Activity

1.3: Learning about… classroom routines

Time allocation

45 minutes

Instructions

  • Read the text.
  • Study the examples for practice.
  • Make notes in response to the questions below.
  • You will discuss your notes with your mentor.

In this Block, you will learn the following

Learn that
7.1 Establishing and reinforcing routines, including through positive reinforcement, can help create an effective learning environment.
Learn how to
Establish effective routines and expectations, by:
7h. Creating and explicitly teaching routines in line with the school ethos that maximise time for learning (e.g. setting and reinforcing expectations about key transition points).
7i. Practising routines at the beginning of the school year.
7j. Reinforcing routines (e.g. by articulating the link between time on task and success).

Routines help establish a positive climate for learning

We are creatures of habit. Everybody has routines and we all recognise how disconcerting it can be when these routines are broken. We also know how hard it is to change bad routines once they have set in! The same goes for classrooms. Classroom routines ensure that frequently performed tasks are carried out correctly, consistently and efficiently. Routines represent predictability and security, which help pupils feel safe and confident. It is important to teach and embed good routines as soon as you have a new class. Ideally the routine will become habitual and for this to happen, we need it to become normal and expected in our classrooms.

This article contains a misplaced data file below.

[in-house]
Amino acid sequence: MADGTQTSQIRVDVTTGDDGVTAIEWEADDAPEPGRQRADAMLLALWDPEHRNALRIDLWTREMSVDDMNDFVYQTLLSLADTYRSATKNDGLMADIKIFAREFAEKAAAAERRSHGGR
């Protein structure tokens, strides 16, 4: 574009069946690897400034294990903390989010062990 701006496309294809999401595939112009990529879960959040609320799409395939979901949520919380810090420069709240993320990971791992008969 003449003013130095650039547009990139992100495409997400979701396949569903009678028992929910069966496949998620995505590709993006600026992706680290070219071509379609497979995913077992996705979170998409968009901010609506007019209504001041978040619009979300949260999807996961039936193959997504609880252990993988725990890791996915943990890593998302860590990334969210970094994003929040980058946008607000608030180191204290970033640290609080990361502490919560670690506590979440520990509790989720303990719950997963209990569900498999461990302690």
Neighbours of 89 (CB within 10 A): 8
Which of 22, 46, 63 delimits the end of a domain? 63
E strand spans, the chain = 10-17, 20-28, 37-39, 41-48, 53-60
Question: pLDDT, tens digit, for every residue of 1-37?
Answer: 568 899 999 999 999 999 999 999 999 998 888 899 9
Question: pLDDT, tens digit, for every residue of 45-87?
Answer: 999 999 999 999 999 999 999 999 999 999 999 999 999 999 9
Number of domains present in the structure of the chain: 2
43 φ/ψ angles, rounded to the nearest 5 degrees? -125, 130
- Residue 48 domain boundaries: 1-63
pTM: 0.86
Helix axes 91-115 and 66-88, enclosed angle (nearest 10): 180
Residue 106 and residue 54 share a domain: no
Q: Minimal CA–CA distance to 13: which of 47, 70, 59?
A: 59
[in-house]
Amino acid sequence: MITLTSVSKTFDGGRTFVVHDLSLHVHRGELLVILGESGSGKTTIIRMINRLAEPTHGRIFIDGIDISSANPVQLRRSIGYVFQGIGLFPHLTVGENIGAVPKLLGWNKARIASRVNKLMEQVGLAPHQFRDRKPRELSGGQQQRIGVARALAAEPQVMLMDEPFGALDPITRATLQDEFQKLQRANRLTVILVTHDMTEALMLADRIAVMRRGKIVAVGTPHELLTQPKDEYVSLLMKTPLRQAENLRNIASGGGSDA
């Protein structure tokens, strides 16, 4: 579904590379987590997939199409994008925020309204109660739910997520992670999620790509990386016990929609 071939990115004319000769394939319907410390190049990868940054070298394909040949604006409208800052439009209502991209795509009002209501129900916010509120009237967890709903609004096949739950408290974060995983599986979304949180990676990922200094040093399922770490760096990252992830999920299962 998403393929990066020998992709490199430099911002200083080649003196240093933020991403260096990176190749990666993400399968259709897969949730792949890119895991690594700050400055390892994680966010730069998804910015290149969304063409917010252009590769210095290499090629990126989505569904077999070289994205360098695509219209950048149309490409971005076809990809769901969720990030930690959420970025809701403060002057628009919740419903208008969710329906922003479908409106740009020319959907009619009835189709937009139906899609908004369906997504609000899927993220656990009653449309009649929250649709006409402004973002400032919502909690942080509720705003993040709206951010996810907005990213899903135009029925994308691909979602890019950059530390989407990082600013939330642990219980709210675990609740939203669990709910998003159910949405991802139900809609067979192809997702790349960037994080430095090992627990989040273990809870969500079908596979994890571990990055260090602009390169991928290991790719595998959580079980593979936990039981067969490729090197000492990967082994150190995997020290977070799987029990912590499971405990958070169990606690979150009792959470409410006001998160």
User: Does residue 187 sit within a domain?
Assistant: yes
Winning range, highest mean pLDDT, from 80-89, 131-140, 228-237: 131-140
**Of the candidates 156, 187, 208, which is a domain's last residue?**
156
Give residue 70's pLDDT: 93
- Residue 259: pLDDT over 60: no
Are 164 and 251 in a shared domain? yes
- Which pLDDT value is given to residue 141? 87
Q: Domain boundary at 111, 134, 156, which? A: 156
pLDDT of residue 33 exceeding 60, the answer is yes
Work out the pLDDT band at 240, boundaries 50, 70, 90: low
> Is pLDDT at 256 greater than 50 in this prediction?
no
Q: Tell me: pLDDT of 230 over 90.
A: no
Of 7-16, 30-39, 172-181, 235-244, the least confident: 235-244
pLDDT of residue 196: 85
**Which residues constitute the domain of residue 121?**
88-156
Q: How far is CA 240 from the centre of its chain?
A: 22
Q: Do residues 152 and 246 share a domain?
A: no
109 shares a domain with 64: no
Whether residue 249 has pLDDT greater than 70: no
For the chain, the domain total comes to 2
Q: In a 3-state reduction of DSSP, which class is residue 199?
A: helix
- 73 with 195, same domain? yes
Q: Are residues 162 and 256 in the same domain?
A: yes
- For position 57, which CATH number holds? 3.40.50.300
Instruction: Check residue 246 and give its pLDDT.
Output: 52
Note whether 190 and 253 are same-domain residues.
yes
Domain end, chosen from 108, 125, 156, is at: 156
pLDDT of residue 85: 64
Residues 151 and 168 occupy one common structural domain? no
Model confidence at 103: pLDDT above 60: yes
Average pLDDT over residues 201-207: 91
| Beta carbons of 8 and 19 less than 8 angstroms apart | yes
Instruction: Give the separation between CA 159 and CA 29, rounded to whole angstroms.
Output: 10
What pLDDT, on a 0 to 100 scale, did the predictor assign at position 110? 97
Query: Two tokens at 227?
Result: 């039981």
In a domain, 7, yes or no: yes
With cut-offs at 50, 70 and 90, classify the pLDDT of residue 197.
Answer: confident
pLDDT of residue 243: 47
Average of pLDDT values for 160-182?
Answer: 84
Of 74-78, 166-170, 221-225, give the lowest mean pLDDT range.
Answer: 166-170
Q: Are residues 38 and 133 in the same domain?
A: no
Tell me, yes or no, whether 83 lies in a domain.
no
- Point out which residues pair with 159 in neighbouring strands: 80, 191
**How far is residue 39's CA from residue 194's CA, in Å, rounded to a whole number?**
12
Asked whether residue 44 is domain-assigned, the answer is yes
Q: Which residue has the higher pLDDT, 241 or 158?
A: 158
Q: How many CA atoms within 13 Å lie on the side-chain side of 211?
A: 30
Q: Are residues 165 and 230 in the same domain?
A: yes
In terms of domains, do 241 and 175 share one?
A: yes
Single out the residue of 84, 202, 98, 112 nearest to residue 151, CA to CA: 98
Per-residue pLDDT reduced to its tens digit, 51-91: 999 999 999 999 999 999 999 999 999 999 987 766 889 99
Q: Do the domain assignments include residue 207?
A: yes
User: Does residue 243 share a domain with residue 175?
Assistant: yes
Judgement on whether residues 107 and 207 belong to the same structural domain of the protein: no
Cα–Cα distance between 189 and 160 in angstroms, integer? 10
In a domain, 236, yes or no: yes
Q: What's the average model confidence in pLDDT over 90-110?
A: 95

Watch the video of a teacher talking about how they establish their routines with each new class at the start of the year and answer the questions.

Video

Title

Establishing routines with new classes

Video type

Talking head

Short description

Teacher talking about how they establish their routines with each new class at the start of the year.

Guidance

  • What does the teacher do before they teach the routines?
  • How do they teach the routines? What information do they give pupils?
  • Is there anything that you can take to use in your practice?

Video transcript

It is really important that I teach my new class the expected routines as quickly and as seamlessly as possible. I am looking for these routines to become habitual for my class, so I need to embed these quickly.

Before I see my class, I make sure that:

  • I know exactly what routine I want my pupils to do.
  • I am clear on the steps of the routine.
  • I know why I want pupils to follow this routine.
  • I have considered things that could potentially go wrong.

I like to begin my routine from the very first time I see my class. This is so that they begin associating lessons with me as always beginning in a certain way and that my expectations are clear.

I take steps to explicitly teach my class the routine. To do this I usually:

  • Clearly explain to pupils what I would like to see them doing. For example, I might explain that every time I want books or equipment to be handed out, I will put a pile on each end of the table, and they will take one and pass them on.
  • I will explain the rationale behind the routine. For example, with the book and equipment, I would explain that I want to make sure we have the most amount of time possible for learning so we are going to be doing this to make sure we can begin as quickly as possible.
  • I will make pupils practise the routine until I am satisfied that they are clear on what they are doing.

Throughout, as I am teaching the routine, I will make sure that I model my expectations to pupils. I will also praise the right behaviours continuously as I feel this always helps a lot!

Keep in mind that pupils like routines and consistency, they like to know what they are expected to do: so as long as we make this clear and maintain our expectations, most pupils will follow them.

In your notepad

  • What does the teacher do before they teach the routines?
  • How do they teach the routines? What information do they give pupils?
  • How does the teacher use positive reinforcement to support the routine?
  • Is there anything that you can take to use in your practice?